Maryland Jury Denies Compensation for Passenger Involved in Drunk Driving Accident

The Court of Special Appeals of Maryland addressed the legal concept of assumption of risk in a recent car accident case involving intoxicated driving. In Evans v. Shores (Md. Ct. Spec. App. Sept. 8, 2016), the plaintiff was aware the defendant had been drinking when she got into his truck. The defendant crashed the vehicle into a ditch, injuring the plaintiff. The plaintiff brought suit against the defendant for her injuries. Following a trial, the jury found that the plaintiff assumed the risk of her injuries when she agreed to ride with him. The plaintiff subsequently appealed.drinking glass

To establish a negligence claim in Maryland, the plaintiff must prove that the defendant owed her a duty of care, the defendant failed to adhere to that duty, the plaintiff was injured as a result, and the plaintiff suffered damages. However, if the plaintiff was also negligent in causing her injuries, she may be barred from recovery. Similarly, if the plaintiff agreed to expose herself to the risk of danger, she may not win in a negligence claim.

The test in determining voluntary assumption of the risk is whether there was an intentional and unreasonable exposure to danger, which the plaintiff either knew or had reason to know. Generally, a passenger is not negligent in riding with an intoxicated driver if she is unaware he is intoxicated, or she does not notice any facts that would arouse the suspicions of a person of ordinary prudence. Whether a plaintiff was contributorily negligent in entrusting her safety to the driver is typically a question submitted to the jury.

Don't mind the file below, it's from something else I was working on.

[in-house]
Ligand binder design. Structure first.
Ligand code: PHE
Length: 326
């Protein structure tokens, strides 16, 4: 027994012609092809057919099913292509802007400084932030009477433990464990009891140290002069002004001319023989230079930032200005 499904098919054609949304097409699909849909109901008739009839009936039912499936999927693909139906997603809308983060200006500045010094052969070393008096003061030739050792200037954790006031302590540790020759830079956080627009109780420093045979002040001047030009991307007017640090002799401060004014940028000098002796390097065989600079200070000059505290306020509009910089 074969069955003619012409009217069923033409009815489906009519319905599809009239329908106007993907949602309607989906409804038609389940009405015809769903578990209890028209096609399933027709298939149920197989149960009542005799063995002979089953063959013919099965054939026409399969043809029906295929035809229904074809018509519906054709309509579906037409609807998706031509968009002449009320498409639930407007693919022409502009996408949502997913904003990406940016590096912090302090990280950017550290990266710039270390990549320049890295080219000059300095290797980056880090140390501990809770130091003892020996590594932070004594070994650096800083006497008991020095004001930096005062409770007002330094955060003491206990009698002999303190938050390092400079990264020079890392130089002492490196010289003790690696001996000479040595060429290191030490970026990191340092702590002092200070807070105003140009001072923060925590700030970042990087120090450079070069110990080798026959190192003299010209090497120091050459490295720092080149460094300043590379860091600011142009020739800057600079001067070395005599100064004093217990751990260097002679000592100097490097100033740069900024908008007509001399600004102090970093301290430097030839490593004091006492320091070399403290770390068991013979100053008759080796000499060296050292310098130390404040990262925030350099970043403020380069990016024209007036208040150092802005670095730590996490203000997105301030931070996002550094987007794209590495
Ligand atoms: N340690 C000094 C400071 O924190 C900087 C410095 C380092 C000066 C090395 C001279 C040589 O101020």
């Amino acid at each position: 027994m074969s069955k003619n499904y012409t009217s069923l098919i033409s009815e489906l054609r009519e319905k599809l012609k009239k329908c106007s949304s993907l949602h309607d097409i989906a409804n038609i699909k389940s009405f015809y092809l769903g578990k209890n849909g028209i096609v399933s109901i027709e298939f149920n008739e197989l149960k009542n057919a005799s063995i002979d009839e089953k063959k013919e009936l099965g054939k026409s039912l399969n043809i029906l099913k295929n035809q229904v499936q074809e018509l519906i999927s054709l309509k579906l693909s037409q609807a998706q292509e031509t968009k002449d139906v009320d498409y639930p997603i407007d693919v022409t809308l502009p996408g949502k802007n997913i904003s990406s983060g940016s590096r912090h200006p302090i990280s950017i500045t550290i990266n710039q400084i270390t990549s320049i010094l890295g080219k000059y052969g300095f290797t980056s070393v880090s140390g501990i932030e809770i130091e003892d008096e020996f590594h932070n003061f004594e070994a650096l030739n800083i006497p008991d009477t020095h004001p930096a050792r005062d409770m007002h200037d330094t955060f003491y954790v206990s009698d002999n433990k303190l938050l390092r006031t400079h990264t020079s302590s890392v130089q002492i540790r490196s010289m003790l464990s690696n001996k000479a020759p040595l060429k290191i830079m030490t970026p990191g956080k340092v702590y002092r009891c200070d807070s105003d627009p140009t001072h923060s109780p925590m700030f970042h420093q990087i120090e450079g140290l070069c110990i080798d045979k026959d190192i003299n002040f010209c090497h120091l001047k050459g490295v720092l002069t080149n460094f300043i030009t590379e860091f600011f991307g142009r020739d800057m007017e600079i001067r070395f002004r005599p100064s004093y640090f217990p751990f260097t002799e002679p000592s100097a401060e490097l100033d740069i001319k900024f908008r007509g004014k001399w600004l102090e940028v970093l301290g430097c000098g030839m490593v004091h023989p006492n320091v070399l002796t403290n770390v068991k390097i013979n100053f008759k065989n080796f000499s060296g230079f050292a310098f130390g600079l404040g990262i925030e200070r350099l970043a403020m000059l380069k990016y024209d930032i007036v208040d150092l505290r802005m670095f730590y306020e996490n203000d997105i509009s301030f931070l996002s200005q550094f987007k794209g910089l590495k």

In Evans, the plaintiff and the defendant had been drinking together on the night of the accident. The defendant picked up the plaintiff from her home that evening, and they went to a bar, where the defendant had three beers, and they both had shots. They later left to go to a house party, before which the defendant purchased an 18-pack of beer. After many drinks in only a few hours, the defendant was driving the plaintiff home when the accident occurred.

On appeal, the court concluded that the jury could find that the plaintiff knew or should have known that the defendant was not fit to drive, based on the length of time that the two were partying, the small number of people at each location, the mixing of shots with beer, the defendant’s consumption of alcohol, and the plaintiff’s knowledge of the risk of driving after excessive drinking. In addition, once she got into the truck, it took the defendant several tries to back out of the driveway, prompting many other partygoers to ask whether he was okay to drive. However, the plaintiff did not attempt to leave the vehicle. The court therefore affirmed the jury’s verdict.

Filing a lawsuit against the negligent party who caused your injuries may help you recover damages for medical expenses and other losses. At Foran & Foran, P.A., our personal injury attorneys provide legal advice to individuals throughout Maryland. We regularly represent plaintiffs in cases involving auto accidents, medical negligence, and other injury claims. To schedule an appointment with one of our skilled accident attorneys, call Foran & Foran, P.A. at (301) 441-2022 or contact us online.

More Blog Posts:

Maryland Court Rules in Favor of Insureds, Awards Underinsured Motorist Coverage in Moped and Motor Scooter Cases, Maryland Personal Injury Blog, published December 14, 2015

Maryland Court of Special Appeals Rules Policy Exclusion Valid to Deny PIP Benefits, Maryland Personal Injury Blog, published June 2, 2016